Grilled eel and gulfweed soup at Chunhyangine

Merry Drinking in Market
Among many restaurants in the market, Chunhyangine is the most famous. It offers Korean sausage and rice soup and gulfweed soup for dining options, while assorted Korean sausage(sundae), stir-fried eel, dombe meat, and green-onion pancake are popular snacks served with alcoholic beverages. With the menu ranging around 10,000 won in price, the restaurant is always filled with market customers. The tables rotate fast and it is hard to find a customer drinking too much. It’s a perfect place to enjoy Jeju makgeolli if you have a dry mouth. Halmangbingtteok across the street is also well-known. Jeju-style buckwheat pancake, in which a buckwheat wrap is rolled around seasoned radish, is the island’s specialty. It tastes a bit bland, different from Gangwon-do’s buckwheat crepe that has a kimchi stuffing. It can be eaten warm or cold. The pleasure of discovering local food at traditional marketplaces makes your trip more rewarding. If you want to avoid eating at the market, you can go to Haeoreum Restaurant in front of Jeju Minsok Five-Day Market to try Jeju black pork.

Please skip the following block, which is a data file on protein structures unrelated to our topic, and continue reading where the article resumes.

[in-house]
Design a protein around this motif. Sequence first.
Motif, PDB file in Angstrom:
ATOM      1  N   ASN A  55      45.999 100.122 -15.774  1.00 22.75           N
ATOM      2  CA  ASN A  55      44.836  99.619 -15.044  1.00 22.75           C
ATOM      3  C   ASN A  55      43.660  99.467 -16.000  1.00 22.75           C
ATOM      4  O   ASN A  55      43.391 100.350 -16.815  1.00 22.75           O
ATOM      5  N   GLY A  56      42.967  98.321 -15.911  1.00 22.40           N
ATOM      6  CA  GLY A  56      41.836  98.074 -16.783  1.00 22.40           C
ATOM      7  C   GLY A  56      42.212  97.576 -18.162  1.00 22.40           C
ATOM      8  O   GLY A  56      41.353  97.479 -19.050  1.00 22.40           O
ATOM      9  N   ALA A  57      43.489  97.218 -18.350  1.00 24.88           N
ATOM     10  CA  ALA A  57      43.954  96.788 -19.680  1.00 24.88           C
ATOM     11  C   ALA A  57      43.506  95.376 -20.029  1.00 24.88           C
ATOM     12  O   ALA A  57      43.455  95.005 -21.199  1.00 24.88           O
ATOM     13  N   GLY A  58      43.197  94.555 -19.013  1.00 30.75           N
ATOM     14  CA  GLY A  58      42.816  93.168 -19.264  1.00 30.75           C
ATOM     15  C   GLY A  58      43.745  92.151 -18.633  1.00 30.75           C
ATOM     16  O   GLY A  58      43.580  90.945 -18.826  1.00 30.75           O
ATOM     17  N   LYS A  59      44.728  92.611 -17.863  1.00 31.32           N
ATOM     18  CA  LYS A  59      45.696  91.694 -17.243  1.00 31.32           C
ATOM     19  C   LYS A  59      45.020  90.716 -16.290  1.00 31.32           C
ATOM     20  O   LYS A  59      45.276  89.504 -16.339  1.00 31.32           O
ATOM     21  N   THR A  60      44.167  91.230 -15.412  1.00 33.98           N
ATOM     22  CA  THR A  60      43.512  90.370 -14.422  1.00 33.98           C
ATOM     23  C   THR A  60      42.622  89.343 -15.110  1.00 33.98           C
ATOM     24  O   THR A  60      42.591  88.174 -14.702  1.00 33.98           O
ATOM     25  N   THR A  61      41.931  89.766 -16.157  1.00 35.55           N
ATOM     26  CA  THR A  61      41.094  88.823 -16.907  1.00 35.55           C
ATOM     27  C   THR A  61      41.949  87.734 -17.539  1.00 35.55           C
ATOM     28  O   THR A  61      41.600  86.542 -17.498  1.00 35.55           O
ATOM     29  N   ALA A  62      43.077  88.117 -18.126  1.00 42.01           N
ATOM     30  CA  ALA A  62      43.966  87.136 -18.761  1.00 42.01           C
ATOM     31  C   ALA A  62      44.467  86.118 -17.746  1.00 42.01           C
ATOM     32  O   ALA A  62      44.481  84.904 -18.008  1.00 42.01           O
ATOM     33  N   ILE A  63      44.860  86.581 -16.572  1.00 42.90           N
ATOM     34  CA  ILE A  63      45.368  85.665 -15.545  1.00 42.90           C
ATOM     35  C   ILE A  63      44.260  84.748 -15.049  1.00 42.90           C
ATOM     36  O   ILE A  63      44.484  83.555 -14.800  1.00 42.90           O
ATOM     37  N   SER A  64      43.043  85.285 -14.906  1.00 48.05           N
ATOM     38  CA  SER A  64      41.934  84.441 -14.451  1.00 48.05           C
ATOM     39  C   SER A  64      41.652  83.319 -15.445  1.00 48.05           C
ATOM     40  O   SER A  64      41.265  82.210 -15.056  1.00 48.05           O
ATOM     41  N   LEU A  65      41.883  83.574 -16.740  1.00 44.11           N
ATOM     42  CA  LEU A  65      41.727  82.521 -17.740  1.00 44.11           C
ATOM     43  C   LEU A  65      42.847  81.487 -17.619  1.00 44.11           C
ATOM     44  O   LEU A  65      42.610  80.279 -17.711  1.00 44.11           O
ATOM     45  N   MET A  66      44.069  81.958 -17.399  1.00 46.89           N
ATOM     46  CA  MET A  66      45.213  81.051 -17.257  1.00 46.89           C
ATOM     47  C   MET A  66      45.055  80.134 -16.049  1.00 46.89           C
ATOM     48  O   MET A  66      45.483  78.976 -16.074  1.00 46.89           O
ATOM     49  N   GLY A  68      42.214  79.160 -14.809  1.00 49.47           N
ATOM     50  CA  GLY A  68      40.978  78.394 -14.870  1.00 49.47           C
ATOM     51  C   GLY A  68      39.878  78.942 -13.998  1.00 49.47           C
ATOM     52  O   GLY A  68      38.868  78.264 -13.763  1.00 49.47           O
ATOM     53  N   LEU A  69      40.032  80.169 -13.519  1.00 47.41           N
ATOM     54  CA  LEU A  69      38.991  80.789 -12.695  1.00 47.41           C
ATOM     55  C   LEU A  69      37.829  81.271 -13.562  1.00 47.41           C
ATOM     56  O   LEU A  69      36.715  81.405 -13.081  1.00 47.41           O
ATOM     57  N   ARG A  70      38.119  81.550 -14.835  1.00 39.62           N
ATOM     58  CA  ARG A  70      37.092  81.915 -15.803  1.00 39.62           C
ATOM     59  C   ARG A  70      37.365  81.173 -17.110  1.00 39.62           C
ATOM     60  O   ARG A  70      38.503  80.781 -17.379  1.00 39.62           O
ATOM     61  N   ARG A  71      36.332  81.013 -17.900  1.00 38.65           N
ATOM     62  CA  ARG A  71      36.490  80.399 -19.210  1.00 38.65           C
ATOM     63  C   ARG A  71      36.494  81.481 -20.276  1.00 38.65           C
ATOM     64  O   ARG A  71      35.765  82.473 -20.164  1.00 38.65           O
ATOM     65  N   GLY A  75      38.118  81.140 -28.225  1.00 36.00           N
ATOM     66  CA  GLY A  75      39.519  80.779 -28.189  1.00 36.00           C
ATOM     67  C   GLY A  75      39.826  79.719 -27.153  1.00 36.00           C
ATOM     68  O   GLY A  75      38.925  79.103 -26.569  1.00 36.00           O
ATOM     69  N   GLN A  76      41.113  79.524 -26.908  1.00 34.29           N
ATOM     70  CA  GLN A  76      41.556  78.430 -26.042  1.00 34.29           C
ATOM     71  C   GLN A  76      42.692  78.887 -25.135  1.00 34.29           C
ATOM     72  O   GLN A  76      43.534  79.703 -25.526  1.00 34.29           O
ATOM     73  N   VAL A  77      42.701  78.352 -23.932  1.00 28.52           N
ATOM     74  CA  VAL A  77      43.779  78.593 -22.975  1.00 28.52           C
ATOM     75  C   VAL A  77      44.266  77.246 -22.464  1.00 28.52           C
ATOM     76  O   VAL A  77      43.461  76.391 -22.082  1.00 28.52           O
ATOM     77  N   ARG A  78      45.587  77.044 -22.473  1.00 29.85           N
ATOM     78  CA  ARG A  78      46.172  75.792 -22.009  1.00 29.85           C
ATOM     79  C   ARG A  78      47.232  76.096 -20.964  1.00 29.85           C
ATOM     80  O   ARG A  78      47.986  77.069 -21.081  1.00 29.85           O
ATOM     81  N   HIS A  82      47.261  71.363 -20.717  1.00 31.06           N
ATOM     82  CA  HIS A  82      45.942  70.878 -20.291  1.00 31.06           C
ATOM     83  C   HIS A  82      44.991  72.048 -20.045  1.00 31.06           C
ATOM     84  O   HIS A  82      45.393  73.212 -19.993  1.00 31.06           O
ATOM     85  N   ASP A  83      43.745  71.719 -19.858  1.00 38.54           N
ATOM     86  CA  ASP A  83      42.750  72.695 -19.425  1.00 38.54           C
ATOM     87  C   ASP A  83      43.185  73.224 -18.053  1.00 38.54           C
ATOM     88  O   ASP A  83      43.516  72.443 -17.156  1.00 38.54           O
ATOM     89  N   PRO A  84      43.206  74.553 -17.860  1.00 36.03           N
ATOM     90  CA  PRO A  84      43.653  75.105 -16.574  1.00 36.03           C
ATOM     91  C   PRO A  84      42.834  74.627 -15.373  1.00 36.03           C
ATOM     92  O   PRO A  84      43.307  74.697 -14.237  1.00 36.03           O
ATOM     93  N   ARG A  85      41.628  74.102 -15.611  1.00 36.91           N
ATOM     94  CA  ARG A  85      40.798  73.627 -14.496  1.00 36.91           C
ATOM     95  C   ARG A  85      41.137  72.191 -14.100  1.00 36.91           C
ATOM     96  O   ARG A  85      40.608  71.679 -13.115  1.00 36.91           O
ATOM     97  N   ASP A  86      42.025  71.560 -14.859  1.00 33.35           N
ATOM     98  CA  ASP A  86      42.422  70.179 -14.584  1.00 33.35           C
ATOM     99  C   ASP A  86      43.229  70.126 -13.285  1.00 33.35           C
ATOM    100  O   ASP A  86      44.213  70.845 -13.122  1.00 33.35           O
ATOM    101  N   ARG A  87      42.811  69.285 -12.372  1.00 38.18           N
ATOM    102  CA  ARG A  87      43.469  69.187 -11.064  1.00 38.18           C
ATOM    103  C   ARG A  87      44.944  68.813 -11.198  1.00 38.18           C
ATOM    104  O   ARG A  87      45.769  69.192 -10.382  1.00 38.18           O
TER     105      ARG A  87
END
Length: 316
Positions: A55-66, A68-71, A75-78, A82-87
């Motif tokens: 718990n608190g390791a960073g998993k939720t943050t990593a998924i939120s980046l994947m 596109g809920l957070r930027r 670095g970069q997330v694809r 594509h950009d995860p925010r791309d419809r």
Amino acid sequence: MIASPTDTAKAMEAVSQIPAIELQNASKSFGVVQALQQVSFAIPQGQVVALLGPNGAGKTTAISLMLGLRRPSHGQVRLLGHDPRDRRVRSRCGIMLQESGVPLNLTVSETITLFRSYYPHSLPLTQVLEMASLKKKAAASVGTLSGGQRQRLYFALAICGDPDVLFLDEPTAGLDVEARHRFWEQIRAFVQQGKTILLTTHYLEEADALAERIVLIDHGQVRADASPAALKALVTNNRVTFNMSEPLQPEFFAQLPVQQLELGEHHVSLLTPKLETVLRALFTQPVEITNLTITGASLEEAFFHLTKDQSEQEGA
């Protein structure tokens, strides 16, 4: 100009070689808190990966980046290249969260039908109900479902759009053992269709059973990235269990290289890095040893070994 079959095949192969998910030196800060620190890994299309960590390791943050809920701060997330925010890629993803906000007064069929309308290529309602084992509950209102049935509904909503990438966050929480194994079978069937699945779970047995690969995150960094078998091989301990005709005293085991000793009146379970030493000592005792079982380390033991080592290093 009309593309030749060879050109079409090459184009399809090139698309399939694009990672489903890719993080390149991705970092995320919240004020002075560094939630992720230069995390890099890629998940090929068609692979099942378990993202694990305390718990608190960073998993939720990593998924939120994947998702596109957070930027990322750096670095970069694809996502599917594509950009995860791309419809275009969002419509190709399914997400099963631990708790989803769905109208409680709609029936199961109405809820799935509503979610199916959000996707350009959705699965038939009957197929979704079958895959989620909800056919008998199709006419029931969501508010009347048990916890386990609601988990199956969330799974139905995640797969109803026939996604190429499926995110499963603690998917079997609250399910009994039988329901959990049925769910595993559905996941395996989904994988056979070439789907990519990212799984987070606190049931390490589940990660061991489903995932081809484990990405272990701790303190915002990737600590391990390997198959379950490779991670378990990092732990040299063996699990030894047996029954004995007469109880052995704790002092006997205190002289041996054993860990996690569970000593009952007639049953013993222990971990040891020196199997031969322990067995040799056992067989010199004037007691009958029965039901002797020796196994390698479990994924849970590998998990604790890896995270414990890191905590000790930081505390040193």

Donuts, Hotteok, and Tteokbokki
Typical snacks you come across in any traditional market are popular at Jeju Minsok Five-Day Market as well. Ttangkko Bunsik selling stir-fried rice cake(tteokbokki) and donuts is probably the most frequented store in the market. Its twisted breadsticks and donuts are cooked in the old style, taking you back in time to the 1980s-1990s period. Right next to it stands a cassette tape vendor, sending you on a time travel yet again. Several hotteok(Korean pancakes filled with brown sugar) stands near the seafood corner are crowded with customers in line. Bigger and cheaper than its mainland counterpart, Jeju hotteok is a sign of generosity and hospitality in the island. Make sure you bring cash as it’s hard to find a store accepting credit cards.

Jeju Minsok Five-Day Market
Hours 08:00-18:00 (Open on dates ending in 2 and 7)
Address 26 Oiljangseo-gil, Jeju-si, Jeju-do
Inquiry +82-64-743-5985
Homepage Jeju Minsok Five-Day Market


May 2020 Editor:Jung Jaewook
Writer:Yi Joonghan
Photographer:Kim Zun

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  • May 2020
  • Editor: Jung Jaewook
    Writer: Yi Joonghan
  • Photographer: Kim Zun